Friday, November 16, 2012

How Dark Will You Walk by Matthew Bryant

We welcome back Matthew Bryant to All Things Writing!

A buddy and I were discussing movies the other day, mostly about Disney buying out LucasFilms and taking over the Star Wars franchise, but then it sidetracked to one of my favorite subjects, horror.  Surprisingly enough, we both agreed on which movie scared us the most when we were growing up – Event Horizon.

The amusing thing is that typically, I wouldn't credit science fiction as being an effective mixture with horror.  It's too unbelievable.  But Event Horizon did something right, something all writers and film-makers strive for.  It pushed the grungy envelope just far enough to the sweet spot, that razor's edge of balance that puts the audience outside of their comfort zone without disgusting them (Yes, I'm looking at YOU, Human Centipede)

Every writer's familiar with the timeless advice that you write best what you know.  This is true, which is what makes horror such a tricky subject.  Anybody can throw on a mask and leap from the shadows, making their sibling, parent, spouse or child squeal in terror for a moment, but making a full-grown adult pull their covers over their head and twitch at every creak of a settling house takes practice.

Any jerk can write about chopping up babies or severing limbs, describe a creature as big and nasty, even throw in a bit of mucus and dripping blood as icing on the cake, but where does the real fear come in?  The answer is this: distorting the known.

There are things we as civilized people don't want to think about.  What do you do when the passenger door of your car swings open while you're stuck at a red light and a strange man slides in, closing the door behind him?  Why are all of your windows open when you wake up shivering at 3am?  Who could have come in and spilled knives all across the kitchen floor... and are there any missing?  These are questions that protagonists should be asked.  Sure you can show them the gore, throw dead babies at them until they're beaten into a concussion, but wouldn't you rather have your readers putting the book down to check all the door locks before rushing back to see what happens next?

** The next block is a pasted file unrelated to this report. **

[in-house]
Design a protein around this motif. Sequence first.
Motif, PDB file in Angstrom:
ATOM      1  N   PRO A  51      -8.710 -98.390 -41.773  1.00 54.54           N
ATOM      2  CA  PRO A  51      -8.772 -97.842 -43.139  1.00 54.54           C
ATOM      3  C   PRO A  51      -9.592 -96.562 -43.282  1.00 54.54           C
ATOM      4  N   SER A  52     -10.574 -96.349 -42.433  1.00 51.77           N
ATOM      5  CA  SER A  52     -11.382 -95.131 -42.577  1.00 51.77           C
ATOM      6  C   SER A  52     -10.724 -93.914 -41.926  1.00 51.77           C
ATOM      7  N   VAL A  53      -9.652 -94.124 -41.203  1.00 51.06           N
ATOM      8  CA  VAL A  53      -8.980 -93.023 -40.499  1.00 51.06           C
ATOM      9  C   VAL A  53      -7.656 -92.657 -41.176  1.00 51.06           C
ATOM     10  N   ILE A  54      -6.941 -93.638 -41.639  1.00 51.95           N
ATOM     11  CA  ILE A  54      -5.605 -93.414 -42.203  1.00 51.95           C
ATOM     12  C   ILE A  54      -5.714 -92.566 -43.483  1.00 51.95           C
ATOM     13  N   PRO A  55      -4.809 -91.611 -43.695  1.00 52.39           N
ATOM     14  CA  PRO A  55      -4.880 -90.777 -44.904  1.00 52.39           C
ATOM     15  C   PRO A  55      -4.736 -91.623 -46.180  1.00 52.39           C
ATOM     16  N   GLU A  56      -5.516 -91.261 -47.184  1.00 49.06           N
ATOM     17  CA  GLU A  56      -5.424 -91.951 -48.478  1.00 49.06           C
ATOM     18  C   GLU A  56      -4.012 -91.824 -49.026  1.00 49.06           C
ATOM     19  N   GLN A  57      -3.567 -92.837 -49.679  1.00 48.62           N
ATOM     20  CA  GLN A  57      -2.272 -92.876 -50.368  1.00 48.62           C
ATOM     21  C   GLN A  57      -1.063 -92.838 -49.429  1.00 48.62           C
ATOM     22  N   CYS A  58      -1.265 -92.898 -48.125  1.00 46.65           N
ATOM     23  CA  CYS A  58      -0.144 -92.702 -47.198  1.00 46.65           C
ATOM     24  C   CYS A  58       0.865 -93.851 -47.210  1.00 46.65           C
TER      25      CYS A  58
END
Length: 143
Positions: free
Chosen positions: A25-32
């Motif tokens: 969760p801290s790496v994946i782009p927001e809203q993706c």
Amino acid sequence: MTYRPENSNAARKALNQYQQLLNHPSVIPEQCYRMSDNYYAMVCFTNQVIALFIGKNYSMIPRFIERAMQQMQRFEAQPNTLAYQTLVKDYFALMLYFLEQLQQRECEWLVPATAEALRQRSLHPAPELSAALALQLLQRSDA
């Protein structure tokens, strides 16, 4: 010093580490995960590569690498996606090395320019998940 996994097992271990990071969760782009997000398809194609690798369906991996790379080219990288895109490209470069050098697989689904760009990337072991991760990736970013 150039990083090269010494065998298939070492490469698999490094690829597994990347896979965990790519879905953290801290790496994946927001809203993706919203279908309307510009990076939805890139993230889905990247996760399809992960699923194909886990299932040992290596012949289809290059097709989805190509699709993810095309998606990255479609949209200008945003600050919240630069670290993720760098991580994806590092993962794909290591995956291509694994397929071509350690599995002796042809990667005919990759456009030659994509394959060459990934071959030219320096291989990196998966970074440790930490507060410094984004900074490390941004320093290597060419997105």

Back to Event Horizon, sure it took place on a space ship that (spoiler alert) had literally been through hell and back, but that wasn't the scary part.  The scariness was the boy who willingly opened the air lock and released himself to deep space because he was so terrified.  Sam Neil's hallucinations remembering his wife's suicide as she joins him in the tub before the images drive him completely bonkers.  Anybody else freeze-frame the ship's log to see people strung up by hooks or tearing out their own eyes?  Yup, disturbing!  But somehow it seems less grotesque than super-gluing a skinhead to the seat of a car and forcing him to detach himself from his own flesh to pull a lever. 

So to my fellow horror writers – please remember, your duty as a writer is to make your audience squirm, heighten their senses with adrenaline, not send them screaming to the nearest porcelain god to relieve a stomach-load of their favorite lounge-time snacks in prayer-like offering.


Matthew Bryant is the author of the recently released thriller, Towers.  He lives in Dallas with his wife and three children and works as an English/Math tutor in the evenings.  For more information, visit him at or follow him on Twitter - @MattBryantDFW.


  1. I agree that horror movies should be more about suspense than about gore. That's why I don't want to watch any of the Saw movies; even though I bet they are suspenseful, at the same time I think that a movie can be scary without being THAT violent.

  2. The real win of the Saw movies is that they managed to create a recognizable fear on such a modest budget. The gore was excessive - not a safe dinner and a movie idea, but what really amused me was the traps. It was a maze of mystery in each movie.. filled with characters that you were uncomfortable liking because.. everybody was flawed. Brilliantly human and dementedly twisted all at once.

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